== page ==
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Barbados

Civil Liberties

A democratic country, classified as “free” by Freedom House, Barbados allows its people freedom to express themselves. The news media, absent of any governmental censorship and control, can and openly criticizes the government. The leading newspapers, the Barbados Advocate, and The Nation, are privately controlled. There are four privately owned radio stations, as well as two governmentally operated ones. Even though the government owns the sole national television station, the channel provides a full spectrum of political views. Teenagers also have access to the internet, and of the 267,000 citizens of Barbados, 56% use the internet. Their internet service providers are restricted, however, and all service providers must be owned and operated by companies of Barbados. For instance, the Barbados government prohibits the use of AOL. What’s more, the Deputy Prime Minister of Barbados, Mia Mottley, even called for the regulation of internet blogs. “[Blogs] will marginalise our existence as parliaments and will cause disrespect, not just for the rule of law, but for the institutions that are required to keep our societies safe,” Mottley commented. As of 2002, 85.6% of the population had a telephone mainline or cell-phone subscription.

The constitution provides for freedom of religion, and the government also respects this right in practice. Even still, most of the citizens are Christians. Indeed, Good Friday, Easter Monday, Whit Monday, and Christmas are all celebrated as national holidays. According to the U.S. State Department, “The number of non-Christians was small. There were an estimated 2,700 Muslims, most of whom were immigrants or descendants of immigrants from the Indian state of Gujarat. A few immigrants from Guyana, Trinidad, South Asia, and the Middle East, as well as approximately 200 Barbadians, comprised the rest of the growing Muslim community. There were three mosques and an Islamic center. Other minority religious groups included Rastafarians, Hindus, Buddhists, and members of the Baha’i Faith.” The nation’s policy towards religious education represents the nation’s broader policy towards religion. “Religious instruction is included in the public school curriculum as ‘values education’,” the U.S. State Department comments. “The focus is on Christianity, but representatives from minority religious groups are also invited to speak to students.” Among more specific religious groups, representatives of the Jehovah’s Witnesses, Seventh-day Adventist, and Muslim communities have complained about experiencing occasional criticism for their beliefs and practices, but also believed that on balance, society was very tolerant of them. Rastafarians have cited the largest number of intolerance problems, noting widespread discrimination against their members in terms of hiring and schools. For instance, conflicts have arisen over the Rastafarians’ ability to smoke marijuana, as integral to their faith, and over the government’s teaching of principles that conflict with those held by the Rastafarians.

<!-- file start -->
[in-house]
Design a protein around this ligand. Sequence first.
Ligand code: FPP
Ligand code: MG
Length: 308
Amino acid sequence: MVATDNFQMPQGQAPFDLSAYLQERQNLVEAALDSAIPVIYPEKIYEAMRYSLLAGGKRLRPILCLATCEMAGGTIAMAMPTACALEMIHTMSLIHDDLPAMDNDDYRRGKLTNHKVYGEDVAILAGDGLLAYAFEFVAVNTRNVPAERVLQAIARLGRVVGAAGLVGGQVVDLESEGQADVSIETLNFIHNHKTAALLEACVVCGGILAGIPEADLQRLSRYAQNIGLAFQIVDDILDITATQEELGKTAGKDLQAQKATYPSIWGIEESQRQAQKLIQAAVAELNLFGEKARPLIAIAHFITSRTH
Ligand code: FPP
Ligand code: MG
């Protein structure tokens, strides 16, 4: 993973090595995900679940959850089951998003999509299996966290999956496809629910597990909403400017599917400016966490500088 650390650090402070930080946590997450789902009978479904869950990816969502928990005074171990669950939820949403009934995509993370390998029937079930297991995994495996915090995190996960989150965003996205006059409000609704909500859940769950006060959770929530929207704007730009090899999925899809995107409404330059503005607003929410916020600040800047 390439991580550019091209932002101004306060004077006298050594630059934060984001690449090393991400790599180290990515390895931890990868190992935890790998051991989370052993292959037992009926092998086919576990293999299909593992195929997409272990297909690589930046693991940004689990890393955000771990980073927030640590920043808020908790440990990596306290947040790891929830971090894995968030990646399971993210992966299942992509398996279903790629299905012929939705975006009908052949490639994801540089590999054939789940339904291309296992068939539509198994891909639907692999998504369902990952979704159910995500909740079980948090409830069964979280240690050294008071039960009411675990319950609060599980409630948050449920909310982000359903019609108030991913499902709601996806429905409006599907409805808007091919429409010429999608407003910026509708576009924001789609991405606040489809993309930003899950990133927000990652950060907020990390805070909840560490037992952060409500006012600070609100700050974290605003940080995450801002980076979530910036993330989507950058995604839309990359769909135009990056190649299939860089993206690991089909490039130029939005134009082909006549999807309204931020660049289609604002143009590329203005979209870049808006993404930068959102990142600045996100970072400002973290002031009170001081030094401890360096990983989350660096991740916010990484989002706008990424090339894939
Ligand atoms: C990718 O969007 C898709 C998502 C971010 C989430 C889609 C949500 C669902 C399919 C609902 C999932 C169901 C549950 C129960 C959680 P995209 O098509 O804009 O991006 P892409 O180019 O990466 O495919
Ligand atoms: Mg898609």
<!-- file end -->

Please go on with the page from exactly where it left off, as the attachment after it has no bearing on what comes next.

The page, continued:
The government also allows its citizens freedom in other ways of life. The government does not enforce any particular dress code.

Education System

In Barbados the youth literacy rate is 99.8%. 95.3% of youths reach 5th grade, which is comprised of a larger percentage of girls than of boys.Education is compulsory and free for 12 years – from the age of 5 until the age of 16. However, this task is made easier on the government considering that Barbados has only around 49,000 children to educate. The education is formed by a mix of public, semi-private, and private schools, all of which are free. There are coeducational as well as single sex schools. There exist around 174,000 library books in Barbados, which falls below the global weighted average of 5,147,047 library books. Still, Barbados spends 7.6% of its GDP on education, which places it at the 14th highest rate of 132 countries. In fact, primary schools witness a 15:1 pupil: teacher ratio.